had so often abused that power, that the
citizens themselves chose to trust it to the
General, rather than to their own special authorities.
Secondly. On every question of
construction, carry ourselves back to the time
when the Constitution was adopted, recollect
the spirit manifested in the debates, and instead
of trying what meaning may be
squeezed out of the text, or invented against
it, conform to the probable one in which it
was passed. Let us try Cohen's case by these
canons only, referring always, however, for
full argument, to the essays before cited. 1.
It was between a citizen and his own State,
and under a law of his State. It was a domestic
case, therefore, and not a foreign one.
2. Can it be believed, that under the jealousies
prevailing against the General Government,
at the adoption of the Constitution, the
States meant to surrender the authority of
preserving order, of enforcing moral duties
and restraining vice, within their own territory?
And this is the present case, that of
Cohen being under the ancient and general
law of gaming. Can any good be effected
by taking from the States the moral rule of
their citizens, and subordinating it to the
General authority, or to one of their corporations,
which may justify forcing the meaning
of words, hunting after possible constructions,
and hanging inference on inference, from
heaven to earth, like Jacob's ladder? Such
an intention was impossible, and such a
licentiousness of construction and inference,
if exercised by both governments, as may be
done with equal right, would equally authorize
both to claim all power, general and
particular, and break up the foundations of
the Union. Laws are made for men of ordinary
understanding, and should, therefore,
be construed by the ordinary rules of common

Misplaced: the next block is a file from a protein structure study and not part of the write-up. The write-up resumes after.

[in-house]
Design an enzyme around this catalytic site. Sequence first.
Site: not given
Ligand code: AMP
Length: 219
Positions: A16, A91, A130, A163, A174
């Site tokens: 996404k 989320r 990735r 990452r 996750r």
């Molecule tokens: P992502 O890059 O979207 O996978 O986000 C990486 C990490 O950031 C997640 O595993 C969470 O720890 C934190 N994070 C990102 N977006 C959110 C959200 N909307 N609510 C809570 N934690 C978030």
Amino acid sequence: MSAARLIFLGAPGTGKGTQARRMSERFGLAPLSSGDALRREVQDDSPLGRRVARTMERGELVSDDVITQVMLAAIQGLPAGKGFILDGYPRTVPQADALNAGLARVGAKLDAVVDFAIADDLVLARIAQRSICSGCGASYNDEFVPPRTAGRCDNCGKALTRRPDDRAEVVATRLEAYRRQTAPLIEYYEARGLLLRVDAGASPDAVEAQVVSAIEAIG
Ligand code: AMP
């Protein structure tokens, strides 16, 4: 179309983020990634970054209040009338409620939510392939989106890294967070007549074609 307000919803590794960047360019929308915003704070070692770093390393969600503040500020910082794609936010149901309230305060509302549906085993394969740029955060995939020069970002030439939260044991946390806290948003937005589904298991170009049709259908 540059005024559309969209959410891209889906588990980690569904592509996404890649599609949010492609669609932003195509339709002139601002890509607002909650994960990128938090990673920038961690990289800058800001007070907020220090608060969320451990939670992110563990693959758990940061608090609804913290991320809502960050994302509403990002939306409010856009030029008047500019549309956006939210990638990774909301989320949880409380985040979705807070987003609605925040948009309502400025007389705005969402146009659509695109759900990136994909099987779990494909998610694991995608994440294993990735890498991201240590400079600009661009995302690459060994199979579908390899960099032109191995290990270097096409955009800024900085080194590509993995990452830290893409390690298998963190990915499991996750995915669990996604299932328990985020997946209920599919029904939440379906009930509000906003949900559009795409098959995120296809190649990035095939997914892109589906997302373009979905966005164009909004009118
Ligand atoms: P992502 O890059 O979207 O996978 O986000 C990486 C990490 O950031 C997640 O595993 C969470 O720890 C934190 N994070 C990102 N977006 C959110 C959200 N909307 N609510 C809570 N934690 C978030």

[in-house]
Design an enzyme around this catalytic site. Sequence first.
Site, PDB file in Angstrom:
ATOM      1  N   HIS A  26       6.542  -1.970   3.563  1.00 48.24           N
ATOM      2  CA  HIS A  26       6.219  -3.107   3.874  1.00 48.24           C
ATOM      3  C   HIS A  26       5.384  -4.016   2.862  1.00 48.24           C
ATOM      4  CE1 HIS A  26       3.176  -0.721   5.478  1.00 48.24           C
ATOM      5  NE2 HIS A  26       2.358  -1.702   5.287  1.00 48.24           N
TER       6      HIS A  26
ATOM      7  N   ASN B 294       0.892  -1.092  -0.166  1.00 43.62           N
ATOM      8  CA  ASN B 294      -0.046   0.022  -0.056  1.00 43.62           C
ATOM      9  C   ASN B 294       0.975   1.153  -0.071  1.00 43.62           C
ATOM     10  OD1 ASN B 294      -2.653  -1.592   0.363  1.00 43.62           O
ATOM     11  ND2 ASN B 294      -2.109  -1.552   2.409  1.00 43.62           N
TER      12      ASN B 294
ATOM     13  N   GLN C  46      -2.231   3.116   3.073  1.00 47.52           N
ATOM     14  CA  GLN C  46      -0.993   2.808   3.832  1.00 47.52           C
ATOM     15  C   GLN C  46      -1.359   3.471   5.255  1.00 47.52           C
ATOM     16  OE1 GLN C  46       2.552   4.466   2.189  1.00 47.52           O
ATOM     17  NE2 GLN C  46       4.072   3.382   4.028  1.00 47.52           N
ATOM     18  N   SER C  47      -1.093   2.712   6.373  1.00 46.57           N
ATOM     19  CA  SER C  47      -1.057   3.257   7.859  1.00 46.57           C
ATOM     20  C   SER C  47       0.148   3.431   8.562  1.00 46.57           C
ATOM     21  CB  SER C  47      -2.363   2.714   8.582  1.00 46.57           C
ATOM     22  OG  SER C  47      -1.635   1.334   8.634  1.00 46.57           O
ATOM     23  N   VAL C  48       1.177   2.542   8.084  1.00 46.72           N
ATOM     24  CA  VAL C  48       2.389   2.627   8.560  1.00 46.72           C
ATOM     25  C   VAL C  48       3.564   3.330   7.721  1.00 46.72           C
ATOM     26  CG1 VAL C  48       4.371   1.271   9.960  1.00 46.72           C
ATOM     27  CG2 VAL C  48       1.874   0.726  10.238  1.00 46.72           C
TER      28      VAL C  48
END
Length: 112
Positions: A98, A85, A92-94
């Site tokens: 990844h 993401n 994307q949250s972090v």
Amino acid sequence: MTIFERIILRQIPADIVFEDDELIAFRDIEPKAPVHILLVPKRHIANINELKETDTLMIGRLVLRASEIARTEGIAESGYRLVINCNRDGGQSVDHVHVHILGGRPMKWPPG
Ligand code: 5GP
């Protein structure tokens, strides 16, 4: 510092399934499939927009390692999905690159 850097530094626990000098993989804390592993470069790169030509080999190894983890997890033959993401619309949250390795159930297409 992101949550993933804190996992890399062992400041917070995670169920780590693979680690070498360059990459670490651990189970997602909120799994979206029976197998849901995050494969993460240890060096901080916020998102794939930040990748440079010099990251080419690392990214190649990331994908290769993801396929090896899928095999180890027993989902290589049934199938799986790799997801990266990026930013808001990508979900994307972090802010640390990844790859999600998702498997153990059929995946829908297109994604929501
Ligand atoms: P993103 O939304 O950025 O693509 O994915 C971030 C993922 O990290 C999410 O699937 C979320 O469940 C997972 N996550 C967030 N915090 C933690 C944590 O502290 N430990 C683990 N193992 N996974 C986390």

sense. Their meaning is not to be
sought for in metaphysical subtleties, which
may make anything mean anything or nothing,
at pleasure. It should be left to the
sophisms of advocates, whose trade it is, to
prove that a defendant is a plaintiff, though
dragged into court, torto collo, like Bonaparte's
volunteers, into the field in chains,
or that a power has been given, because it
ought to have been given, et alia talia. The
States supposed that by their Tenth Amendment,
they had secured themselves against constructive
powers. They were not lessened yet
by Cohen's case, nor aware of the slipperiness
of the eels of the law. I ask for no straining
of words against the General Government
nor yet against the States. I believe the


Page 845
States can best govern our home concerns,
and the General Government our foreign
ones. I wish, therefore, to see maintained
that wholesome distribution of powers established
by the Constitution for the limitation
of both; and never to see all offices
transferred to Washington, where, further
withdrawn from the eyes of the people, they
may more secretly be bought and sold as at
market. But the Chief Justice says, “there
must be an ultimate arbiter somewhere”.
True, there must; but does that prove it
is either party? The ultimate arbiter is
the people of the Union, assembled by
their deputies in convention, at the call
of Congress, or of two-thirds of the States.
Let them decide to which they mean to
give an authority claimed by two of their
organs. And it has been the peculiar wisdom
and felicity of our Constitution, to have provided
this peaceable appeal, where that of
other nations is at once to force.—
To William Johnson. Washington ed. vii, 293. [470] Ford ed., x, 230.
(M. 1823)

See Marshall.


Associate Justice William Johnson, of South
Carolina, appointed by Jefferson to the Supreme
Court bench, March, 1804.—Editor.